From fruit-baskets to corporate yoga classes, meditation rooms to mindful emails and meetings, the offer for wellbeing initiatives is growing exponentially. As HR professionals are bombarded by sales e-mails and calls with an overwhelming number of apps, fitness and health trackers, coaching and mindfulness training, concierge services and ergonomics, it is increasingly difficult to make the right choices, and use the scarce resources in the best possible way to maximise the benefit for employees.
As there are still a couple of months before the Zukunft Personal 3 days event in Köln, there are a lot of things you can do to be prepared, to make sure you make the most out of the presentations and the exhibition, by understanding your organisation’s needs first, so when you arrive in Köln, you will know what to look for.
Elon Musk famously said: “If something is important enough you should try, even if the probable outcome is failure.” In today’s VUCA world, there are hardly any guarantees anymore. Just as Whatsapp and other messaging services have bitten out billions from large established Telecom companies’ revenues, established businesses and sure-fire branches are under threat every day. If it’s not the curly haired guys in a garage, it may be an advertising fiasco, a new regulation, changing technologies, and even ageing population.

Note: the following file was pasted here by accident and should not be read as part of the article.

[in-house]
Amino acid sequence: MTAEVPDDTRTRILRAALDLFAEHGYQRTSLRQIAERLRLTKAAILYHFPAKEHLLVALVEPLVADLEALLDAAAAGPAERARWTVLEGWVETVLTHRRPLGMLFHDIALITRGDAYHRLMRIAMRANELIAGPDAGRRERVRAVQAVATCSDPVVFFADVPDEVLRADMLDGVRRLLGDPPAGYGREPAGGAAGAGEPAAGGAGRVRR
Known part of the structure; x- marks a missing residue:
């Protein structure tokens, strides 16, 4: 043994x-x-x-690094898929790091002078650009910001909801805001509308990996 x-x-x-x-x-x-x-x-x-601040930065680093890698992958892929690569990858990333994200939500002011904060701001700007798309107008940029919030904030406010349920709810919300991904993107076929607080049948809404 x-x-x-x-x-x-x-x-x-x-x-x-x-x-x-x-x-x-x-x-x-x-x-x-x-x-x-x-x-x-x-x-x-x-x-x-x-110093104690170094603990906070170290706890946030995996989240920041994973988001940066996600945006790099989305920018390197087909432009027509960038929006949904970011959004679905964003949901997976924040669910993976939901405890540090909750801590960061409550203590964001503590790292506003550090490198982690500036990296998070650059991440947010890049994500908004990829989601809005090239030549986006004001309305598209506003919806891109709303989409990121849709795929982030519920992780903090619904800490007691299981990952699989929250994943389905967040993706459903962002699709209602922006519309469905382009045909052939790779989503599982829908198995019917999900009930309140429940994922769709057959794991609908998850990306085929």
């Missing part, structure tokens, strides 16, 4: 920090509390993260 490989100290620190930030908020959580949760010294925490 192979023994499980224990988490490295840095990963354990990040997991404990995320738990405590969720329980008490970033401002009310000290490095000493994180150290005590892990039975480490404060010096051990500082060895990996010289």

Foto: Bastian Unterberg
A podcast interview with Bastian Unterberg
What if you could solve your complex challenges by asking the top talents from all around the globe to help you out? You can! It took a couple of years before the market was ready to embrace Crowdstorm as a concept and service, but it was worth the wait and patience for Founder Bastian Unterberg.
As a young design student at one of Germany’s top Universities, Bastian Unterberg found himself contemplating his career options. Looking at his peers, top creative young talents ending up in rigid organisations with hierarchies, he understood that he imagines his life differently. He was dreaming of a place where young creative can be mobilised for exciting projects for them to truly unleash their talent and accelerate innovation. At the time such a place didn’t exist, so he went ahead and created jovoto.com in 2006. To date they have solved over 400 challenges with a community of 80.000 creative professionals from non-profit campaigns to physical spaces, packaging or service design.
Podcast with Chris Roebuck about his key principles of transformational leadership
We are in a situation where the world chances significantly. But organisations are not adapting that fast. “One reason is that we have the amazing ability to make things more complicated than they really need to be”, says Chris Roebuck, Visiting Professor of Transformational Leadership at Cass Business School in London. He has held senior roles at UBS, HSBC and KPMG, has served in the British Army, and is one of the top Human Resources (HR) thinkers in Europe. He is a sought after advisor and the developer of “Mach 2 leadership” – “twice the speed of sound, going to the limits of what’s possible”.
We talked to Chris Roebuck ahead of his keynote speech on “Mach 2 leadership” at the HRM Expo in Cologne, on the 16th September.